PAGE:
The military and political careers of Edward IV, Richard III and Henry VII offer an opportunity to explore contrasting leadership styles. Several of the strategies used for nation building by these 15th Century leaders have a surprisingly modern flavour, including reconciliation parades, and unity governments of erstwhile enemies.
The social and economic world of the 15th Century allows modern Britons an opportunity to understand and empathise with people whose lives are dominated by different attitudes to loyalty, justice and faith.
When The King Comes Home in Peace Again – The British Civil Wars 1642-51
Some regarded the collapse of the state as inevitable. Creating a united country from two traditional enemies would be doomed to fail. Worse still, the state included four ethnic groups two of which were dominated by radically opposed religious sects. The fact that this artificial country had existed for over thirty years was a tribute to the political skill of the leader who created the country. His successor was less adept and less able to play the different factions off against each other. The situation spiraled out of control and entered into a series of civil wars lasting nearly a decade.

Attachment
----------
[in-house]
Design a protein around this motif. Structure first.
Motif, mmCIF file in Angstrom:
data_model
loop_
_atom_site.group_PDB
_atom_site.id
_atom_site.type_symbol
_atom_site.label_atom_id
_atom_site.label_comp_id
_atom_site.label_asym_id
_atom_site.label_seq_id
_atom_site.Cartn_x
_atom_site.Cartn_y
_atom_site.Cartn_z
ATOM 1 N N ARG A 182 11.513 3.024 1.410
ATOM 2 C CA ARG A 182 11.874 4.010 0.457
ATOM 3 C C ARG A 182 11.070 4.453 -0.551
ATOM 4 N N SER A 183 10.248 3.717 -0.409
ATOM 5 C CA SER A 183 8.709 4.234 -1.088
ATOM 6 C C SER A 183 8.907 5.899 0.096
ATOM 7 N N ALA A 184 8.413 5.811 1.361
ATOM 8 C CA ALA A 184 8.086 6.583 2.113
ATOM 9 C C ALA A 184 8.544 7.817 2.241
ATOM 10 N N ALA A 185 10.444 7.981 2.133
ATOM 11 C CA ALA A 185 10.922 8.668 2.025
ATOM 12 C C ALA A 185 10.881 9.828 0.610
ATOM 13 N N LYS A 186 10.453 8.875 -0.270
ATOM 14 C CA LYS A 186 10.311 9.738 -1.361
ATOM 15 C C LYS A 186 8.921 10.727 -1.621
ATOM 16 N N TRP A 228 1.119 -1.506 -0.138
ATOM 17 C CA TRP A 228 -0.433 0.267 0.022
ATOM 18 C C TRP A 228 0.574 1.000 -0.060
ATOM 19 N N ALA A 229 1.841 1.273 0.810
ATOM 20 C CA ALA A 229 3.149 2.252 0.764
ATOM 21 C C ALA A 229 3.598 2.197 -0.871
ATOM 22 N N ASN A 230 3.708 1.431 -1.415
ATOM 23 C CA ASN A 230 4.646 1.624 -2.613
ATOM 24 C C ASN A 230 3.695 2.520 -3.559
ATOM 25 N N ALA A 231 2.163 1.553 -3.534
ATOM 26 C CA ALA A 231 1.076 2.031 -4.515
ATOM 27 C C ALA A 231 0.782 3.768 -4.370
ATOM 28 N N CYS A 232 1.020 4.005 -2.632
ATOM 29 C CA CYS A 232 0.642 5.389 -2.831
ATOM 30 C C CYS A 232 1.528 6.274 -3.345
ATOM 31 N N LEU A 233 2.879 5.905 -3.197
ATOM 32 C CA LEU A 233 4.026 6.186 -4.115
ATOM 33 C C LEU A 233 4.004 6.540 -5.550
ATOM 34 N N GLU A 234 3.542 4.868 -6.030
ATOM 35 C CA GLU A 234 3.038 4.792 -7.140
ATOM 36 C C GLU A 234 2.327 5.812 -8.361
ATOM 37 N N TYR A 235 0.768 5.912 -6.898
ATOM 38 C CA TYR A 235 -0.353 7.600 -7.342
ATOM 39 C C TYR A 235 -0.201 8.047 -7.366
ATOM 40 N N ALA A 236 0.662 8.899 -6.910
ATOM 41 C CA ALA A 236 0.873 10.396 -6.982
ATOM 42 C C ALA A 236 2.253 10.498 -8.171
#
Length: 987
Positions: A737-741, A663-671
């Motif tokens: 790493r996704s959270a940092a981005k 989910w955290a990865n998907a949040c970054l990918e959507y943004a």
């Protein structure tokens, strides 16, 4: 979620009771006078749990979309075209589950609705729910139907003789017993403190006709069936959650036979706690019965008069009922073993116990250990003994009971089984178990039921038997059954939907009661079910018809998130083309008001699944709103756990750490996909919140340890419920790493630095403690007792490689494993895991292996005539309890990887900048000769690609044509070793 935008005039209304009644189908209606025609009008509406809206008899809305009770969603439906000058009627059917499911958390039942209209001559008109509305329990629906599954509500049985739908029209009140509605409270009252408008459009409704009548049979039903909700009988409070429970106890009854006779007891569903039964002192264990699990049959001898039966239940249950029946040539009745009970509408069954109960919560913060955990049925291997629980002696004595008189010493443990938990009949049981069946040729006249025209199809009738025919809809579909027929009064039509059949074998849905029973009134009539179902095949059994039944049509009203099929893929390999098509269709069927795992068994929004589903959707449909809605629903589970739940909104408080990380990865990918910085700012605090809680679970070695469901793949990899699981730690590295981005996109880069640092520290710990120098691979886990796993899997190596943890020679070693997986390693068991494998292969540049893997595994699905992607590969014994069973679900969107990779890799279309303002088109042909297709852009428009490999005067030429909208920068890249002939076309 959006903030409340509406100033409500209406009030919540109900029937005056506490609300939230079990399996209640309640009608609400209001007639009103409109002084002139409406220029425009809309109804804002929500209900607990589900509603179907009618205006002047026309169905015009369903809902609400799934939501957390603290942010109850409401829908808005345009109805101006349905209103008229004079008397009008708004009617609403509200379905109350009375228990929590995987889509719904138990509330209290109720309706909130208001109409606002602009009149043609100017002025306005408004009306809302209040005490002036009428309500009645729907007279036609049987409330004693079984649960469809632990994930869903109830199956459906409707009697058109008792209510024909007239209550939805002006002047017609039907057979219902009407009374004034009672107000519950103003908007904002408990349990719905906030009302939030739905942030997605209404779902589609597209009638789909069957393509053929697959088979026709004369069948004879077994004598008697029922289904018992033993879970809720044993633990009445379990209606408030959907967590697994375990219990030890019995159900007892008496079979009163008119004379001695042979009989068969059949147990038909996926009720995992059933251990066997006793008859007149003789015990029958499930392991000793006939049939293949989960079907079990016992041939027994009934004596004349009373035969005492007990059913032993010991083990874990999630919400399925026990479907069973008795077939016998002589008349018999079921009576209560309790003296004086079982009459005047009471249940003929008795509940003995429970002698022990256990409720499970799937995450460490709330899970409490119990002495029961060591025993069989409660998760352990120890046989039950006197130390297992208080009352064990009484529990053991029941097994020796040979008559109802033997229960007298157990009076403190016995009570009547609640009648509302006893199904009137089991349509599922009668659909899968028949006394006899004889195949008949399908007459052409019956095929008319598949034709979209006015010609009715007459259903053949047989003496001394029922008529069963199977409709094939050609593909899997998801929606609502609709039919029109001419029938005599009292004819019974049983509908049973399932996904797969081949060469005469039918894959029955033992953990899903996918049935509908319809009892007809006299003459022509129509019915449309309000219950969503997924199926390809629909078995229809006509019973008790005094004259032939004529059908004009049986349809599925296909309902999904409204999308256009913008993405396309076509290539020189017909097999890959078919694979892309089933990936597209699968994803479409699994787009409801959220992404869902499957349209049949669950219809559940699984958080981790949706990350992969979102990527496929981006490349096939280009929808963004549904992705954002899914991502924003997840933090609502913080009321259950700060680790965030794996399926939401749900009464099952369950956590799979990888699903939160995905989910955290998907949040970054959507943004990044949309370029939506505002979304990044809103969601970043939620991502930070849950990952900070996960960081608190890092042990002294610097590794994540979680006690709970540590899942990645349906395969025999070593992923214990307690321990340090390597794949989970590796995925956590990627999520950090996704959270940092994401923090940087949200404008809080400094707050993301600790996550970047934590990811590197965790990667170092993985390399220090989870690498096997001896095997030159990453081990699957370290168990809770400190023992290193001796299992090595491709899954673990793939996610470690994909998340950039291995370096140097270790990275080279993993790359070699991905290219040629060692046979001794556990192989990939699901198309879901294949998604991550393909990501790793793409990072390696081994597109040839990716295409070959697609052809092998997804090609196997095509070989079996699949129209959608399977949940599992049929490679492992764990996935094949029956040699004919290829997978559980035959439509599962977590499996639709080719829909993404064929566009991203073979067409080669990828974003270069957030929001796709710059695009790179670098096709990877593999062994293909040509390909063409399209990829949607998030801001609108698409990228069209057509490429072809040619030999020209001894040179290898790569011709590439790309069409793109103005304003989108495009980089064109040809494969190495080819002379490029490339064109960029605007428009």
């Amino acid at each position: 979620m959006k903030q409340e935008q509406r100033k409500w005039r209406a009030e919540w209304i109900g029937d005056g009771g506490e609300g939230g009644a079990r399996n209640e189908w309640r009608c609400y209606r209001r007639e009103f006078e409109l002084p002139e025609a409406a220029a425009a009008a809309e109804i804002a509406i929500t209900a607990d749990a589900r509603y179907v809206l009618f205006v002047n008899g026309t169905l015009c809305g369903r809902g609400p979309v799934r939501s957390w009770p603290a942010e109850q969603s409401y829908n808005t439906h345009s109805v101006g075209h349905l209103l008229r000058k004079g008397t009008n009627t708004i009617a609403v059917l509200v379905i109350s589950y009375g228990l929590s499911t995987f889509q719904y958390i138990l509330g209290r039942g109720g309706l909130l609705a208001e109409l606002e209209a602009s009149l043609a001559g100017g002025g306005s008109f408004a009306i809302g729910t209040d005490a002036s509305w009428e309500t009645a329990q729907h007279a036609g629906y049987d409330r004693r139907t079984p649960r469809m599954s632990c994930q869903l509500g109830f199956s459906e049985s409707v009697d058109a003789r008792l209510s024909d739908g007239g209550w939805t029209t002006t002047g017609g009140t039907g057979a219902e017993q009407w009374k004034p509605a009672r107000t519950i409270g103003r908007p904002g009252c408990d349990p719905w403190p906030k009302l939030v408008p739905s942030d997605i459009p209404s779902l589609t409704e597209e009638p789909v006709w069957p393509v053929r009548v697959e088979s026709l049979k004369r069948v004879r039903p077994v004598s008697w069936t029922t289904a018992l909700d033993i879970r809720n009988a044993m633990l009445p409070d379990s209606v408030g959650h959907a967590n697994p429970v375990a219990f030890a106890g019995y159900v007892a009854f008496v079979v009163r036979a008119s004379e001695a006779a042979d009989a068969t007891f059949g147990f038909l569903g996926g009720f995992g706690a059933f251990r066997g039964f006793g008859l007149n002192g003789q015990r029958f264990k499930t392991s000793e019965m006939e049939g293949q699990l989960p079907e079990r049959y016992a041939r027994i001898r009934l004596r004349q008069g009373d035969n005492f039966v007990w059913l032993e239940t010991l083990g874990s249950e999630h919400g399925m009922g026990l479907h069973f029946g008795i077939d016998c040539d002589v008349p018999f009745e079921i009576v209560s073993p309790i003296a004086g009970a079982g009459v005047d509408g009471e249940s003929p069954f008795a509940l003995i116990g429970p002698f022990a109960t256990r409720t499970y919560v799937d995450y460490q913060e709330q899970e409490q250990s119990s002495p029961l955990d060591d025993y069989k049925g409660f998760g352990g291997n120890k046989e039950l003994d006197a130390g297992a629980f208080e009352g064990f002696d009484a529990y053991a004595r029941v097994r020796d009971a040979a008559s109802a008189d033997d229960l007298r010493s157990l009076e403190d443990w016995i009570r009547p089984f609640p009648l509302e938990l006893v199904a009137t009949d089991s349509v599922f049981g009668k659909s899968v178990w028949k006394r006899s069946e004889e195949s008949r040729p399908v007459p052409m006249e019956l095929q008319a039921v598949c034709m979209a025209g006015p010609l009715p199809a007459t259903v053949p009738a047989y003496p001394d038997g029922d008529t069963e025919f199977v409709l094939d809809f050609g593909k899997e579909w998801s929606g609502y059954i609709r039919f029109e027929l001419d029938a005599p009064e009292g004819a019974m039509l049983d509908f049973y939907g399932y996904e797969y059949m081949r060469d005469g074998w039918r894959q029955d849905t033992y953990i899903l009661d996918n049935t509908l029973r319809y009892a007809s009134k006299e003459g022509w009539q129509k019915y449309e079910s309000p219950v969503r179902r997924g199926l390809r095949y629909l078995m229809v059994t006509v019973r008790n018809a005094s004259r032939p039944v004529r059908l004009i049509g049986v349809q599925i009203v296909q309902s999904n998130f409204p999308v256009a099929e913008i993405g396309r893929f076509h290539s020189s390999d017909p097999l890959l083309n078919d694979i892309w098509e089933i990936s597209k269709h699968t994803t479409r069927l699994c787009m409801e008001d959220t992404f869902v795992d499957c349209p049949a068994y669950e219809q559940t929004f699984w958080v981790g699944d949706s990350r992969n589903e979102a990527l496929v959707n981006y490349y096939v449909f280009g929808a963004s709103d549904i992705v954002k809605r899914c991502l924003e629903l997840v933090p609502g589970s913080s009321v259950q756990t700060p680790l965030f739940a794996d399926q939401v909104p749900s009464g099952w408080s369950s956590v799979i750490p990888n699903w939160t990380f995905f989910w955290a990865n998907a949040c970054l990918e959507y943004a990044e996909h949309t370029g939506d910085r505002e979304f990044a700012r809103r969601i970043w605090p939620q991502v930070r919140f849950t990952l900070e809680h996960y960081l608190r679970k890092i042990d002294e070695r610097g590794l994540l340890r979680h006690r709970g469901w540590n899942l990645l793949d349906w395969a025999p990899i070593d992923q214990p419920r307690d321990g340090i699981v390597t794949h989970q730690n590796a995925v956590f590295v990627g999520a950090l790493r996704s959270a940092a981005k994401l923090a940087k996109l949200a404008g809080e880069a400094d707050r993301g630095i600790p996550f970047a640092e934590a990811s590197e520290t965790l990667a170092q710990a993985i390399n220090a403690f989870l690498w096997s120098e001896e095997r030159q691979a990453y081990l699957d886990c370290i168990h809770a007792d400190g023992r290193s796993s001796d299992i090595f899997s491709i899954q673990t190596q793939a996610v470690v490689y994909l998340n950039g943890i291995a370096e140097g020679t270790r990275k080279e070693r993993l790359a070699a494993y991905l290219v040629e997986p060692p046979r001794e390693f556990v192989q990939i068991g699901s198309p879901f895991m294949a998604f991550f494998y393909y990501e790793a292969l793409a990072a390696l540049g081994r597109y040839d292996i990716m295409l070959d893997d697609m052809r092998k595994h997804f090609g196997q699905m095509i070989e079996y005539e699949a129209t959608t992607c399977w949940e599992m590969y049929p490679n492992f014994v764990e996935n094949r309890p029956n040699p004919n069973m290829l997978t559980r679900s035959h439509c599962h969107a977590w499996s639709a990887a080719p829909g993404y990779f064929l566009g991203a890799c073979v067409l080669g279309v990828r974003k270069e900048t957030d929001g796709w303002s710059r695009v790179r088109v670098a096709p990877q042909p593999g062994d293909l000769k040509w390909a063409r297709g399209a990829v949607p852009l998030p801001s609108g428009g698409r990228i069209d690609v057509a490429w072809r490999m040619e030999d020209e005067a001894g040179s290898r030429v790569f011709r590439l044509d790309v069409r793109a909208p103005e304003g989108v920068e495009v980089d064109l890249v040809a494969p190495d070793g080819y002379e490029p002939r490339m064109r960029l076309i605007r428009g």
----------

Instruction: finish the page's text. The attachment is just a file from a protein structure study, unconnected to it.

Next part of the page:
It could be the Balkans after Tito, but it’s Great Britain in the mid 17th Century. The English Civil War is an opportunity to look at warfare in a setting with a modern context. It has the ethnic and religious tensions that bedevil many nations. The atrocities of the war provide a context for a modern discussion about legal and moral issues. It is also the birthplace of the Modern British Army, formed from Cromwell’s new Model Army.
There are battlefields, sieges and skirmishes across the UK. Many of the battlefields can be easily interpreted and lend themselves for study. These include battles of Naseby, Marston Moor, Newbury, Cheriton, Lostwithieal, Roundway Down Adwalton Moors and Langport; Large scale sieges of York, Newark Hull, Bristol and Gloucester and small scale sieges at Tisbury and Basing House.